The Central Bank has advised that its Tracker Examination is focused on ensuring that lenders provide fair outcomes for all customers impacted by tracker related failings both from a contractual and transparency perspective.
As part of the Examination framework, where customer detriment has been identified, the Central Bank has clearly articulated its expectations of lenders to provide appropriate redress and compensation to impacted customers in line with prescribed Principles for Redress. The provision of redress is intended to return impacted customers to the position that they would have been in had the relevant issue not arisen and the compensation, which is to be reasonable, must reflect the detriment involved arising from and/or associated with being on an incorrect rate. Such compensation is to reflect the specific circumstances of each impacted customer.
An important part of the Examination Framework is the requirement for lenders to establish independent Appeals Panels, specifically to deal with customers who are not satisfied with any aspect of the redress and compensation offers that they receive from lenders. The appeals process is additional to the options of bringing a complaint to the Financial Services and Pensions Ombudsman or initiating court proceedings. Importantly customers can also accept the redress and compensation offered and still make an appeal to the independent appeals panels. Customers’ rights to make appeals to the Financial Services and Pensions Ombudsman and through the courts are also preserved.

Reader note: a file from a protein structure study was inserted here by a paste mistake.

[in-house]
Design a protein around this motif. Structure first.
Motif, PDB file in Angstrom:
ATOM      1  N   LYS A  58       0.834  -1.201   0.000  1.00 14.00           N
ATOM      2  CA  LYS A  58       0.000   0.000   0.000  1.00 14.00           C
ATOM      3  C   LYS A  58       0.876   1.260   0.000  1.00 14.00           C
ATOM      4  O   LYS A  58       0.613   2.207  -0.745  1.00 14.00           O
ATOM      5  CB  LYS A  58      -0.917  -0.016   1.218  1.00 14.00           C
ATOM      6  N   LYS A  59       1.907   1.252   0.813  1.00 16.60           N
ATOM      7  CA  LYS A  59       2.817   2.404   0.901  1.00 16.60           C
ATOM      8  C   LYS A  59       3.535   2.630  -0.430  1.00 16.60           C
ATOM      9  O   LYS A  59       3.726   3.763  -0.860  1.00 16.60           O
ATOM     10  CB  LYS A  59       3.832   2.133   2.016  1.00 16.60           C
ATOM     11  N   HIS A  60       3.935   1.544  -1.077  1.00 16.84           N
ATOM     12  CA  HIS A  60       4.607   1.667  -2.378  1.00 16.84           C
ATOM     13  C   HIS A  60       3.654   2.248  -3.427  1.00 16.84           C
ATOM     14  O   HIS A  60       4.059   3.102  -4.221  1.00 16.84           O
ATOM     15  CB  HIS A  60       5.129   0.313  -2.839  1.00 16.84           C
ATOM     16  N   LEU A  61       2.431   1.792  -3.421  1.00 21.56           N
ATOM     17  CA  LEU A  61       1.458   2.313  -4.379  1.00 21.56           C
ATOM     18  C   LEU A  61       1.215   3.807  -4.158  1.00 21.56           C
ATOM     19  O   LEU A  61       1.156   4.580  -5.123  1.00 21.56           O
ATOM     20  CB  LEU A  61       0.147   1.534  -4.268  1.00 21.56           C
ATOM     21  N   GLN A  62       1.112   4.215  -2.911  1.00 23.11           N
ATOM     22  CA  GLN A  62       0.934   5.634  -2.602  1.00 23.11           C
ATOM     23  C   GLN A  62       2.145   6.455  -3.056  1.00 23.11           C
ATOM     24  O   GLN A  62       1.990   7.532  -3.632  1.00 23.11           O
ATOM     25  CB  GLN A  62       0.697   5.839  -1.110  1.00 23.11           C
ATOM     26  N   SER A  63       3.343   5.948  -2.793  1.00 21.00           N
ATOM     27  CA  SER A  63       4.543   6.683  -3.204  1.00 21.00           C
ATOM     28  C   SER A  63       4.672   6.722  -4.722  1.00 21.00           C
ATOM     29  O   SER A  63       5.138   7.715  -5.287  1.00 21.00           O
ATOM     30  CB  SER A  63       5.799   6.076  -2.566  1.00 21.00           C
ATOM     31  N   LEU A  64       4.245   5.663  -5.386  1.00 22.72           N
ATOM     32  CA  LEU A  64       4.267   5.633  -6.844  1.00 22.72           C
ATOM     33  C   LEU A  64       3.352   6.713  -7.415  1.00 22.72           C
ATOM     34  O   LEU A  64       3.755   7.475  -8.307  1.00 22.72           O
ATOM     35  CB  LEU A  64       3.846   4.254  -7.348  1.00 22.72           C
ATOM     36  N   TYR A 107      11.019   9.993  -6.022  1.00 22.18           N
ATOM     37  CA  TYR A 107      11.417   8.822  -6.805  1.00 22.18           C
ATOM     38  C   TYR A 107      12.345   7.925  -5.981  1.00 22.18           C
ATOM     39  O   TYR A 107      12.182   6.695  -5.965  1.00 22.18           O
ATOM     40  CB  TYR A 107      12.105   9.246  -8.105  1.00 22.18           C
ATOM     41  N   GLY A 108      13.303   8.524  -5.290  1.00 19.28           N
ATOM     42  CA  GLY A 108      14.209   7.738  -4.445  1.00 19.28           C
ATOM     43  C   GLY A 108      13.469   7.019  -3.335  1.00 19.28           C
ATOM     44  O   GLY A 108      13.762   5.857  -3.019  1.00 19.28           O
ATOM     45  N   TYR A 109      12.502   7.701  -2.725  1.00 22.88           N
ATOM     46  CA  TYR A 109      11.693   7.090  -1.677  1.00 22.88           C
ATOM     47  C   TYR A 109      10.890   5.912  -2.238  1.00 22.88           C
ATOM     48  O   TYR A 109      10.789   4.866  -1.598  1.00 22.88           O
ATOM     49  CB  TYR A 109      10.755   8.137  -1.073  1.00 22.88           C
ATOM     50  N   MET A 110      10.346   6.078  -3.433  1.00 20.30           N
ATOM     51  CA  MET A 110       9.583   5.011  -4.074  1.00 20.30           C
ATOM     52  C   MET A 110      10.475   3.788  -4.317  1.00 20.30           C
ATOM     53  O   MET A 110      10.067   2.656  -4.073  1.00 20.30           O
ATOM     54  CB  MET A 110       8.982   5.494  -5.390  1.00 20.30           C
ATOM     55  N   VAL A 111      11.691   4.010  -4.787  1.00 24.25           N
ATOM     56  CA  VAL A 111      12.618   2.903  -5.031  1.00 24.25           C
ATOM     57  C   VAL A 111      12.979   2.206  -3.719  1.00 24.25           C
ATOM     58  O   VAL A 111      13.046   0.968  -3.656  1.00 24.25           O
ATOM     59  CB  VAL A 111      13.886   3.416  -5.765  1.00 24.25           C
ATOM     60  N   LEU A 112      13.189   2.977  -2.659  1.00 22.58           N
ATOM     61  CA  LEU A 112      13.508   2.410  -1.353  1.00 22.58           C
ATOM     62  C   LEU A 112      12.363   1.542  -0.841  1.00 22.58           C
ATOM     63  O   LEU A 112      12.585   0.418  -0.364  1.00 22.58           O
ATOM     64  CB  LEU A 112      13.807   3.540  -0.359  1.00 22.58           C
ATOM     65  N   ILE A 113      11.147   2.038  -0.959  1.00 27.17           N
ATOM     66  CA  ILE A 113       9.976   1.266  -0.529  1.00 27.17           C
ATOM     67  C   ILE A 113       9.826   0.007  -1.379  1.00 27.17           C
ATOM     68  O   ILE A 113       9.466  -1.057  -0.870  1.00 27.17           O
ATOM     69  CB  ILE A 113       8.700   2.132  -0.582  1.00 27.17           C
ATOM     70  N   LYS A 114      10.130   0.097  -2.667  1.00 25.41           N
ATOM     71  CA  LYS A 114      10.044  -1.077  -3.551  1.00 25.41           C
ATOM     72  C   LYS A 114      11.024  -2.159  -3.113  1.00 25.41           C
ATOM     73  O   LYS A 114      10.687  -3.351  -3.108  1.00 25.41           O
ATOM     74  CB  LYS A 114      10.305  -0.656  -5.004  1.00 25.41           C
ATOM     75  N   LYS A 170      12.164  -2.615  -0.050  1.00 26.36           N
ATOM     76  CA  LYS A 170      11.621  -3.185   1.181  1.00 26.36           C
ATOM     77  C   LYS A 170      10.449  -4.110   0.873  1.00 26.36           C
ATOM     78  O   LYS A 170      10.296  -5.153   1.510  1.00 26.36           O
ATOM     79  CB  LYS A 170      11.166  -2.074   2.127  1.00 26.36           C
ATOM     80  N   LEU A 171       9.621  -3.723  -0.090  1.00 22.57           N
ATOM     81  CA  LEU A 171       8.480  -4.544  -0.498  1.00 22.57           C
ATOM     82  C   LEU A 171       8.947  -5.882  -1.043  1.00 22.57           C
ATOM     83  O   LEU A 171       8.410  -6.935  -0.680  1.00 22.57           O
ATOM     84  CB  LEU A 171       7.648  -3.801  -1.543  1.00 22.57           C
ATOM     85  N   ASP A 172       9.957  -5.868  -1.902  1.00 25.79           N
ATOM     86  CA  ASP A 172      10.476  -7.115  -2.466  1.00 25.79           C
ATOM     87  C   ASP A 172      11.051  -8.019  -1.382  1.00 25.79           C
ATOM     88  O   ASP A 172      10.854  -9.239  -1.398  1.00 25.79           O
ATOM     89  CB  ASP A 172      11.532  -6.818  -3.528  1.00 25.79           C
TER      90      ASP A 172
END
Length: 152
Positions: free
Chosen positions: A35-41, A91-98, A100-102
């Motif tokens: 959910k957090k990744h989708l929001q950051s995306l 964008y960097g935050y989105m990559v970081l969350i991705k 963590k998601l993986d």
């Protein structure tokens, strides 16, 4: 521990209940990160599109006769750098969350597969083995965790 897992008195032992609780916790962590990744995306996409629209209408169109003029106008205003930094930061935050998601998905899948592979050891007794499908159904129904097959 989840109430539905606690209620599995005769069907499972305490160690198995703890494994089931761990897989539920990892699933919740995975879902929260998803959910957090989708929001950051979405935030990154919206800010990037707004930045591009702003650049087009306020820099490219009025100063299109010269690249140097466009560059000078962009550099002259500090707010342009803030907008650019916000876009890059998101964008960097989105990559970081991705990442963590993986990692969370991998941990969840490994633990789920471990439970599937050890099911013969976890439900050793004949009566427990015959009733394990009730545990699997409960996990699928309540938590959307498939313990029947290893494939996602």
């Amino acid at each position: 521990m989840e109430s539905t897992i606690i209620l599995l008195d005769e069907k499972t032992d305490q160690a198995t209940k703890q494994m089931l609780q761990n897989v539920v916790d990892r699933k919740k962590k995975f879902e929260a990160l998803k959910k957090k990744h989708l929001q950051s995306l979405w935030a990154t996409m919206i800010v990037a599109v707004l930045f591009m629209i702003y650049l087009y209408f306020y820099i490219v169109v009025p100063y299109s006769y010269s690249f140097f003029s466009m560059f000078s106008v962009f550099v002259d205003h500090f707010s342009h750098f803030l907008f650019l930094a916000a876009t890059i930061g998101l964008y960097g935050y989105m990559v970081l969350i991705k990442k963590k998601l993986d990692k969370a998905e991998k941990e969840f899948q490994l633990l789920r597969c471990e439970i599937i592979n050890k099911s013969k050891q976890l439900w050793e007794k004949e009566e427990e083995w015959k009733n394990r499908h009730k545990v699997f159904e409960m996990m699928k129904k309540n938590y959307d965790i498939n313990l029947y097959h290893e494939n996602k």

For debtors who are involved in the statutory insolvency frameworks, the assets and income of such debtors will fall to be considered in the context of the particular framework including, where applicable, the particular terms of any debt settlement or personal insolvency arrangement entered into by a debtor (utilising the services of a personal insolvency practitioner) with his/her creditor(s).